Reverse course on emergency room protections. The Republican Leadership proposals back away from the emergency room protections that Congress implemented in a bipartisan manner for Medicare and Medicaid beneficiaries in the Balanced Budget Act of 1997. The bills include a watered-down provisions that do not require health plans to cover patients who go to an emergency room outside their network and do not ensure coverage for any treatment beyond an initial screening. These provisions put patients at risk for the huge costs associated with critical emergency treatment.

Fail to protect patients from abrupt health care changes. The Republican Leadership bills fail to assure continuity of care when an employer changes health plans. These deficiencies mean that pregnant women or individuals undergoing care for a chronic illness may have their care suddenly altered mid course, potentially causing adverse health consequences.

Allow financial incentives to threaten critical patient care. The Republican Leadership proposals fail to prohibit financial incentives to providers. This omission would leave patients vulnerable to financial incentives that limit patient care.

Undermine existing medical privacy protections. The House Republican Leadership bill would preempt some existing medical privacy protections guaranteed by state law, without putting protections in their place. As a result, the Republican bill would increase the number of individuals who can review and give out health records without a patient's knowledge or consent.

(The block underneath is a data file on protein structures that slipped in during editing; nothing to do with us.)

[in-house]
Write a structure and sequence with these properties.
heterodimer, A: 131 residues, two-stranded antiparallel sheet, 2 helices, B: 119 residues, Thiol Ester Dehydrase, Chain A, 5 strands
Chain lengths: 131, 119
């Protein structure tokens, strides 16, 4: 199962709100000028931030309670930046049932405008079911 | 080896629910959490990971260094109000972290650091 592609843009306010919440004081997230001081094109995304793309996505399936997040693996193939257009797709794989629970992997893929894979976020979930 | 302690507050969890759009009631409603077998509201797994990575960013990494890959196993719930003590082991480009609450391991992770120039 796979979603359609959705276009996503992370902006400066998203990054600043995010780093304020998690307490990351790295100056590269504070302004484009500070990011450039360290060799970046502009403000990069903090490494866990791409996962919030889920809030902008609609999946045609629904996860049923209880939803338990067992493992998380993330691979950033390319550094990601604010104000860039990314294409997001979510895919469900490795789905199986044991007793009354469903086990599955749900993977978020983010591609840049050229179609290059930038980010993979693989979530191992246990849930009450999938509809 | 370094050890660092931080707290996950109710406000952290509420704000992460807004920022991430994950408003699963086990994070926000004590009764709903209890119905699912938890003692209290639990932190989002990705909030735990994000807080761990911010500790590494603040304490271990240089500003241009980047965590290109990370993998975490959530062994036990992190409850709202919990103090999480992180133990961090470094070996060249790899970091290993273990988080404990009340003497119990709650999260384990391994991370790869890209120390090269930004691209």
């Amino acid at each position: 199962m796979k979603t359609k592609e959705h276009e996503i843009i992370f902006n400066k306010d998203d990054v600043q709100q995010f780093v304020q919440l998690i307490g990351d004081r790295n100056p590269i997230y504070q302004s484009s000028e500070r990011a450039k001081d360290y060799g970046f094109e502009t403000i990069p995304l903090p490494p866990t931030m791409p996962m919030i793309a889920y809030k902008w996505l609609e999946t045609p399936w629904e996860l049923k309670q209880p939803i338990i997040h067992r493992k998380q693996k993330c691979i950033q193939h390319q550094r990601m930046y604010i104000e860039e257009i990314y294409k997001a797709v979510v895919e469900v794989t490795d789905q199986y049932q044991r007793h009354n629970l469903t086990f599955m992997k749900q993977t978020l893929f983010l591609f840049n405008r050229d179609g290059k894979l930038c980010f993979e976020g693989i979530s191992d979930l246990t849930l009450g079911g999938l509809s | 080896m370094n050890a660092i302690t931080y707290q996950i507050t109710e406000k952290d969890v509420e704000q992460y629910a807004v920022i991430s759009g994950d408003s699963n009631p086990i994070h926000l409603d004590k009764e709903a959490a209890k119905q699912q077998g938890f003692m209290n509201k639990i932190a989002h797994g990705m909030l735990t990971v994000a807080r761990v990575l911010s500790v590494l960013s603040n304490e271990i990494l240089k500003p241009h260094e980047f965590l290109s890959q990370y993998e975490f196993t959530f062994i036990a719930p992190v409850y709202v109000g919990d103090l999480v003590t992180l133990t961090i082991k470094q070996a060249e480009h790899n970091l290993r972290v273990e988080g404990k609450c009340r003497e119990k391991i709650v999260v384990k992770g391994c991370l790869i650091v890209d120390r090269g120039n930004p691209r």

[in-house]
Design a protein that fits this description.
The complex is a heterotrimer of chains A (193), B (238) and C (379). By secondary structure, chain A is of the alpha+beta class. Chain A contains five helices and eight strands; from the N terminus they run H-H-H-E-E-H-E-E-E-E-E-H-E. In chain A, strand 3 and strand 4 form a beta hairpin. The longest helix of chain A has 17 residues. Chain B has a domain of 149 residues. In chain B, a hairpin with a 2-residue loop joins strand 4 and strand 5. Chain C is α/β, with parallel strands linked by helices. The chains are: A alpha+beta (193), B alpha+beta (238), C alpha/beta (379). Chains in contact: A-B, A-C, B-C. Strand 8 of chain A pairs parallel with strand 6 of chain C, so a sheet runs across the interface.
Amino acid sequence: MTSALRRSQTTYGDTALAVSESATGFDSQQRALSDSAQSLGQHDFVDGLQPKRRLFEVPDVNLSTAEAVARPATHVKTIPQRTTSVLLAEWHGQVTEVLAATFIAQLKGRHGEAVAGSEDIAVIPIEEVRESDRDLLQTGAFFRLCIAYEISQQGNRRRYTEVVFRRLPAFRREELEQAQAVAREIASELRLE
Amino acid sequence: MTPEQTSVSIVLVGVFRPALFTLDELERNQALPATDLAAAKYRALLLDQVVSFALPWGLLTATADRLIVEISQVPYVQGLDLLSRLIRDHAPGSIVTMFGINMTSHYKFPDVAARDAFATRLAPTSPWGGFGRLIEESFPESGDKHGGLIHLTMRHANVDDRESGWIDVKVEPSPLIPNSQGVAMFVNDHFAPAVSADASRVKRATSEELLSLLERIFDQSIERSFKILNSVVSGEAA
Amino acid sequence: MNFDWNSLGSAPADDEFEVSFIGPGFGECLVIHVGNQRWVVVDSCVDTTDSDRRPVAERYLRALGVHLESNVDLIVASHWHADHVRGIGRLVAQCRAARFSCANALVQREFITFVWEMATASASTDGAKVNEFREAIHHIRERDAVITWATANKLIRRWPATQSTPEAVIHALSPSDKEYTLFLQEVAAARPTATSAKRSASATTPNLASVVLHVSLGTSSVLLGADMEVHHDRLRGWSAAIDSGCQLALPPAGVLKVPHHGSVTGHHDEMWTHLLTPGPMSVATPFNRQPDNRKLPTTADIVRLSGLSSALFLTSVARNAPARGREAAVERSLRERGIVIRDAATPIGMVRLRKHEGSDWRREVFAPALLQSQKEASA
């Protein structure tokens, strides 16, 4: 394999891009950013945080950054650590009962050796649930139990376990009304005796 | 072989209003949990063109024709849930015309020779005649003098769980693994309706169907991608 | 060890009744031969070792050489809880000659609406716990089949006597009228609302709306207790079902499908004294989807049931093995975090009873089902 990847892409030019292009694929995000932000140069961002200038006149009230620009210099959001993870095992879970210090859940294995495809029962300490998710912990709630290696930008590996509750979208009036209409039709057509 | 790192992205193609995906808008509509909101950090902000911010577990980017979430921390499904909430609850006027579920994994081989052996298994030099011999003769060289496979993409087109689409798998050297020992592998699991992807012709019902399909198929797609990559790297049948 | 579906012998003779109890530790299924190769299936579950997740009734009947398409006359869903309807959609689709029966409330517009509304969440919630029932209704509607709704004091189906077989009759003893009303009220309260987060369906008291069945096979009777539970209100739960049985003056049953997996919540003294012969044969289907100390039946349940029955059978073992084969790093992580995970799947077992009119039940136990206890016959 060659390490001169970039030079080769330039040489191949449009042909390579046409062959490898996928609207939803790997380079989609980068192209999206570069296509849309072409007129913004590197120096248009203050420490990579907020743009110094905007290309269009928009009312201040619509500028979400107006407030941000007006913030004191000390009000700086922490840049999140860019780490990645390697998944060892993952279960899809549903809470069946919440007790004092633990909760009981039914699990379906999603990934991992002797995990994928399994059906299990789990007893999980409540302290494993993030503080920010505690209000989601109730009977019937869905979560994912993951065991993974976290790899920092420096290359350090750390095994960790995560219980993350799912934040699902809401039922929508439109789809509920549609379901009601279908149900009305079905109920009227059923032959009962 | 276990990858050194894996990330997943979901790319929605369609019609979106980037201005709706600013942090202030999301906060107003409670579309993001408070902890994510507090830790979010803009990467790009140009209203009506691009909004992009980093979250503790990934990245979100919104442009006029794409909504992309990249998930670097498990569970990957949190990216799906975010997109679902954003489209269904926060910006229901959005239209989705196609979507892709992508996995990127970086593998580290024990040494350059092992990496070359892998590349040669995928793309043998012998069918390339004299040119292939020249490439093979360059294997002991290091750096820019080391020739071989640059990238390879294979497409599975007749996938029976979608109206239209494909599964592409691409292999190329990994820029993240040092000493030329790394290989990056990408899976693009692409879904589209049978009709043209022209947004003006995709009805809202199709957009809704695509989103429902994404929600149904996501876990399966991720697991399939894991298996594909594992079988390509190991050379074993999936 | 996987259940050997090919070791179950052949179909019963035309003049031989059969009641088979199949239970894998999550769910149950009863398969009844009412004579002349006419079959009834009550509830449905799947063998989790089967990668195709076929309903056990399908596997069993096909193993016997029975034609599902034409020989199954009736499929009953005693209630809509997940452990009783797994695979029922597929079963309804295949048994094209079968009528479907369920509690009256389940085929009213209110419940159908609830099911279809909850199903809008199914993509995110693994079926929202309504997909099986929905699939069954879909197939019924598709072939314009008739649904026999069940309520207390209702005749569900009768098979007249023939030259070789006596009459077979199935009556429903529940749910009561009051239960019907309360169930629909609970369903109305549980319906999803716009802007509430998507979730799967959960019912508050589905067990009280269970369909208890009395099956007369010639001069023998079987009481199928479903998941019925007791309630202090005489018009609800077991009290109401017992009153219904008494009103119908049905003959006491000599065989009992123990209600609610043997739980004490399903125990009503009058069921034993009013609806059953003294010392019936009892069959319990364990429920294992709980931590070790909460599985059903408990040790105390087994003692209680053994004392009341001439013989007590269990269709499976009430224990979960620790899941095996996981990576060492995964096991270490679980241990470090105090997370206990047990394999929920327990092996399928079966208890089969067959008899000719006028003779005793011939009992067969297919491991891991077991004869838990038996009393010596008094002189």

Fail to compensate patients who have suffered harm as a result of a wrongful health plan action. The proposed per-day penalties in the Republican Leadership plans fail to hold health plans accountable when patients suffer serious harm or even death because of a health plan's wrongful action. For example, if a health plan improperly denies a lifesaving cancer treatment to a child, it will incur a penalty only for the number of days it takes to reverse its decision; the plan will not have to pay the family for all the damages they will suffer as the result of having a child with a now untreatable disease. And because the plan will not have to pay for all the harm it causes, it will have insufficient incentive to change its health care practices in the future.

Do not cover all health plans. Both Republican Leadership bills leave millions of Americans unprotected. The Lott proposal, for example, covers only self-insured plans, thus leaving out more than 100 million Americans, including millions of Americans in small businesses. These Americans are left to hope that states will provide them with the set of patient protections that the Republicans in Congress will not.

LABOR DEPARTMENT REGULATION BUILDS ON THE ADMINISTRATION'S EFFORTS TO EXTEND THE PATIENTS' BILL OF RIGHTS TO ALL HEALTH PLANS UNDER FEDERAL OVERSIGHT. In February, the President issued an Executive Order directing all Federal health plans to come into compliance with the patients' bill of rights. In June, the Department of Health and Human Services extended the patients' bill of rights to the 40 million Americans who receive Medicare. Last month, the Department of Veterans' Affairs began to put in place a new, rapid appeals process for its 3 million beneficiaries. This month, the Department of Defense issued a directive to all military bases throughout the world, extending patient protections to 8 million servicemen and women and their families; in addition, the Office of Personnel Management released a new anti-gag regulation as part of its efforts to implement the patients' bill of rights for the nine million Federal employees and their dependents in the Federal Employees Health Benefits Program.